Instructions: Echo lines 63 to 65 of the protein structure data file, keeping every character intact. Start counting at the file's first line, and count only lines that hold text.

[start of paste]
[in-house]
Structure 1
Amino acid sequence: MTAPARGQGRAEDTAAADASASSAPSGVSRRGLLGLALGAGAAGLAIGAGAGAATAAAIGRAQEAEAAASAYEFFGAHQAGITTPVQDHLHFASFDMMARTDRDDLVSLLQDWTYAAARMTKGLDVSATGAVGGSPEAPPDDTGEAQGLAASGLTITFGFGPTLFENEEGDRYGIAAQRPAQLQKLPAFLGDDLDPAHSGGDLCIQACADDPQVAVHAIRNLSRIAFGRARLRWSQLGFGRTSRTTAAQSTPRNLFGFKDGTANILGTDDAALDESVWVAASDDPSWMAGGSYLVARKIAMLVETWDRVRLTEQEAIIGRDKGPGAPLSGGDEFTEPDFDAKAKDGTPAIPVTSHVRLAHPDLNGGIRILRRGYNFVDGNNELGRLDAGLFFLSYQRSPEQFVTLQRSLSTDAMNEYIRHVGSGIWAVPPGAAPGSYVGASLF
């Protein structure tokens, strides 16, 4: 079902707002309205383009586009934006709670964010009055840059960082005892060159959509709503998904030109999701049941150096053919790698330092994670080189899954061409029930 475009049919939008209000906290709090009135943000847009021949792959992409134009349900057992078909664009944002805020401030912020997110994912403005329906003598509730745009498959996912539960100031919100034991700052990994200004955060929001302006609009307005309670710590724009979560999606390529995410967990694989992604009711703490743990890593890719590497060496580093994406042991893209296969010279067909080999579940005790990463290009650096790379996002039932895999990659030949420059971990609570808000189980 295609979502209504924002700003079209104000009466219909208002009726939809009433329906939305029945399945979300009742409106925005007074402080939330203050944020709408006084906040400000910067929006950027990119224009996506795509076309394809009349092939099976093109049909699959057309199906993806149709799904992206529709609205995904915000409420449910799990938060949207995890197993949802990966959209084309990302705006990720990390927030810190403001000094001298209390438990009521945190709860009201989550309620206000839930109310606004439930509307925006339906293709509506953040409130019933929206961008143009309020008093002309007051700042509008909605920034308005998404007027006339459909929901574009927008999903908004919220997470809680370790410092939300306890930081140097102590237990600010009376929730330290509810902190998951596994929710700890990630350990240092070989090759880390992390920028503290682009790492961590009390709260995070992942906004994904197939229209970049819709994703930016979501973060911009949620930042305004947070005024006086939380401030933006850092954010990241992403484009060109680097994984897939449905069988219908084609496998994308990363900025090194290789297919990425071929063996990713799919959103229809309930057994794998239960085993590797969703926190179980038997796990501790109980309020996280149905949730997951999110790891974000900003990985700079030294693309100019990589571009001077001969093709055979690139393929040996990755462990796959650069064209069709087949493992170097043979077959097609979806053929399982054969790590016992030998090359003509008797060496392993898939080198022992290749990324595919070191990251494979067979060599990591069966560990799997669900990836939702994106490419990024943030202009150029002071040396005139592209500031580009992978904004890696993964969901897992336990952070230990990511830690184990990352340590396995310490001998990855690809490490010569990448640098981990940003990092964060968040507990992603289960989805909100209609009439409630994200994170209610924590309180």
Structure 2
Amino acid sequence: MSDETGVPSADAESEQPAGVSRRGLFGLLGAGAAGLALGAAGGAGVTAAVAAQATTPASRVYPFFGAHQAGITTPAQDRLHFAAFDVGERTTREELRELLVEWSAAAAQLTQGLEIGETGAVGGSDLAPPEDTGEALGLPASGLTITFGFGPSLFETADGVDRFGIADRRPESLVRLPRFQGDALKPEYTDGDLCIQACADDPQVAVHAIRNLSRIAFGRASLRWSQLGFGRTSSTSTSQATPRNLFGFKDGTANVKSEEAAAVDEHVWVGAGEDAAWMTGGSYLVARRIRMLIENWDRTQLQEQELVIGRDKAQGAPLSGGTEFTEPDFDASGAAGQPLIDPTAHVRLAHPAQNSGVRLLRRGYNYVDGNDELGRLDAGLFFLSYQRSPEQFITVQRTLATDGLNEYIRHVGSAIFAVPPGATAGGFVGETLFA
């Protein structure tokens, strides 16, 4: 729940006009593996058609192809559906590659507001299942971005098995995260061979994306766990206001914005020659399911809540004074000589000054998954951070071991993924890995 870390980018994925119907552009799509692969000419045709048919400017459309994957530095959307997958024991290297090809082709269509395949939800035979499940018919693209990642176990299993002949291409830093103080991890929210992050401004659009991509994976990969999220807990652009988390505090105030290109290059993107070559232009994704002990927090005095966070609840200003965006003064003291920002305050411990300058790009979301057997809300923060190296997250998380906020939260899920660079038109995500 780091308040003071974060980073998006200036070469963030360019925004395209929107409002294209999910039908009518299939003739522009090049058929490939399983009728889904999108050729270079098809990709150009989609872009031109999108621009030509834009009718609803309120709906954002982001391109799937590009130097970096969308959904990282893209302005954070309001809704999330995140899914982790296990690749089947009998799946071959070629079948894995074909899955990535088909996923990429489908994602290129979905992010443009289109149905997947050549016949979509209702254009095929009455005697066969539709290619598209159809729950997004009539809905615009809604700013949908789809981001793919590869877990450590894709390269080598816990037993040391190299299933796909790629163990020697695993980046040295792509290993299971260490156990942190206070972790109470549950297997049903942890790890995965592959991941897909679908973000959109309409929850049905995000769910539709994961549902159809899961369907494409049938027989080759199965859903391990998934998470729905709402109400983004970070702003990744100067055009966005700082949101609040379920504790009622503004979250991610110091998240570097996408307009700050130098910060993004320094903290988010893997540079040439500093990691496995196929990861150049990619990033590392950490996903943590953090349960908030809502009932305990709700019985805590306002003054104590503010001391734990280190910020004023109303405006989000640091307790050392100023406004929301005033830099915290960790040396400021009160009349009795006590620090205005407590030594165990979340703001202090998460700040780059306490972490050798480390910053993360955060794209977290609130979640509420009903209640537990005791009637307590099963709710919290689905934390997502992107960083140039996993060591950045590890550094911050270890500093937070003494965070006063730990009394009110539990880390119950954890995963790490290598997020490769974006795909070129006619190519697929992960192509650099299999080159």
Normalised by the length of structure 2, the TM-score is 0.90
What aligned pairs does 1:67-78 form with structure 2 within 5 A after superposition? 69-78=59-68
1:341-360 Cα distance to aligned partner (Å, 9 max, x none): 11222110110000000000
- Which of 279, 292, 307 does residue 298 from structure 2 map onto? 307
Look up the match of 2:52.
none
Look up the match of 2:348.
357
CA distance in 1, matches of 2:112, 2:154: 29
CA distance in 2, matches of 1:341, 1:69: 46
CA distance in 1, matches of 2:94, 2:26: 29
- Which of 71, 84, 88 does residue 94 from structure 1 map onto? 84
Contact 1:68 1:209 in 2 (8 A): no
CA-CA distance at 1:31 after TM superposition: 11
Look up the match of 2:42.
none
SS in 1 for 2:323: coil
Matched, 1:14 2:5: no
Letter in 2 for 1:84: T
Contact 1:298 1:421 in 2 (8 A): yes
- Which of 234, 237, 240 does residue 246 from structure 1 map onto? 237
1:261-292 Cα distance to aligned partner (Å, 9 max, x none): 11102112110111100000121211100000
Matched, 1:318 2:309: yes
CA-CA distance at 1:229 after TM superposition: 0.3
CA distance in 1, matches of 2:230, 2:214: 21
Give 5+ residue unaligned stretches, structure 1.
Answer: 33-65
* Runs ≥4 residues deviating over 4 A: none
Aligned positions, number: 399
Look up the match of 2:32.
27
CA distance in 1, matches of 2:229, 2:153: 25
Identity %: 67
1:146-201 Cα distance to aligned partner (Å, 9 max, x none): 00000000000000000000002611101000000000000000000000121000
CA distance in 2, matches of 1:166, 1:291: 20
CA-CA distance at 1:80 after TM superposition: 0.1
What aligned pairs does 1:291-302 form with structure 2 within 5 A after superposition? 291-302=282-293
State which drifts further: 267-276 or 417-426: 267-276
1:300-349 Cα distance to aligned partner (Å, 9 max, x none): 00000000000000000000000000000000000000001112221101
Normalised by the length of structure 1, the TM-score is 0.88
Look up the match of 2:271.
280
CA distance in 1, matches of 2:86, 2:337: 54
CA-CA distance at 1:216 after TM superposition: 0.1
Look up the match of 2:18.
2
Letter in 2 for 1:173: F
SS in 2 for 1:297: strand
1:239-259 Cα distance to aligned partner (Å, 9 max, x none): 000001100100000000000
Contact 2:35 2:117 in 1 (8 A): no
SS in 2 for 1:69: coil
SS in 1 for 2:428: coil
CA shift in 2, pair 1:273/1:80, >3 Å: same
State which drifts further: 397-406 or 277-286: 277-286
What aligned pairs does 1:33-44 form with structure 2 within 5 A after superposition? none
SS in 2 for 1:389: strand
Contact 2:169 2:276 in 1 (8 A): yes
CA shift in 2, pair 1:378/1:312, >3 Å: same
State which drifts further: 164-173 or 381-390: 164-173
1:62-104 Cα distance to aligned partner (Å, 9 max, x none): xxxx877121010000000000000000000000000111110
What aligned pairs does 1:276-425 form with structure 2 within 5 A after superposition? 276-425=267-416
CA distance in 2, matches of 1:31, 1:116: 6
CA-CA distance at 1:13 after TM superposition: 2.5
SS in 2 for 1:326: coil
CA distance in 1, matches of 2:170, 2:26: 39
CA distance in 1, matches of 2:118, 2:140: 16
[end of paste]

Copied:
SS in 2 for 1:389: strand
Contact 2:169 2:276 in 1 (8 A): yes
CA shift in 2, pair 1:378/1:312, >3 Å: same